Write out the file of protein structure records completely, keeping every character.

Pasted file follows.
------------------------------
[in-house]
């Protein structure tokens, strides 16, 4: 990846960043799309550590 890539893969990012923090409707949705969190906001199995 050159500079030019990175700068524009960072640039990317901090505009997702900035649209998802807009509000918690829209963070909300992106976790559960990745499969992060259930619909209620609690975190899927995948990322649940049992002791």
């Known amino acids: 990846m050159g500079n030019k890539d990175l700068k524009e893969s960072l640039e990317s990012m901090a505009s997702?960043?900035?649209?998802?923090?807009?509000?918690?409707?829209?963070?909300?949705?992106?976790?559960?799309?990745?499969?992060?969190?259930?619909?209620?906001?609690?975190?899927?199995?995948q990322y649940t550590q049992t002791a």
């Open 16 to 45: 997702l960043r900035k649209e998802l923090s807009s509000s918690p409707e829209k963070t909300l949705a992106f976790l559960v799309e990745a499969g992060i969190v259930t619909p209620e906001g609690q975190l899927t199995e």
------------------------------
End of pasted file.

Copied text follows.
[in-house]
């Protein structure tokens, strides 16, 4: 990846960043799309550590 890539893969990012923090409707949705969190906001199995 050159500079030019990175700068524009960072640039990317901090505009997702900035649209998802807009509000918690829209963070909300992106976790559960990745499969992060259930619909209620609690975190899927995948990322649940049992002791």
């Known amino acids: 990846m050159g500079n030019k890539d990175l700068k524009e893969s960072l640039e990317s990012m901090a505009s997702?960043?900035?649209?998802?923090?807009?509000?918690?409707?829209?963070?909300?949705?992106?976790?559960?799309?990745?499969?992060?969190?259930?619909?209620?906001?609690?975190?899927?199995?995948q990322y649940t550590q049992t002791a």
């Open 16 to 45: 997702l960043r900035k649209e998802l923090s807009s509000s918690p409707e829209k963070t909300l949705a992106f976790l559960v799309e990745a499969g992060i969190v259930t619909p209620e906001g609690q975190l899927t199995e």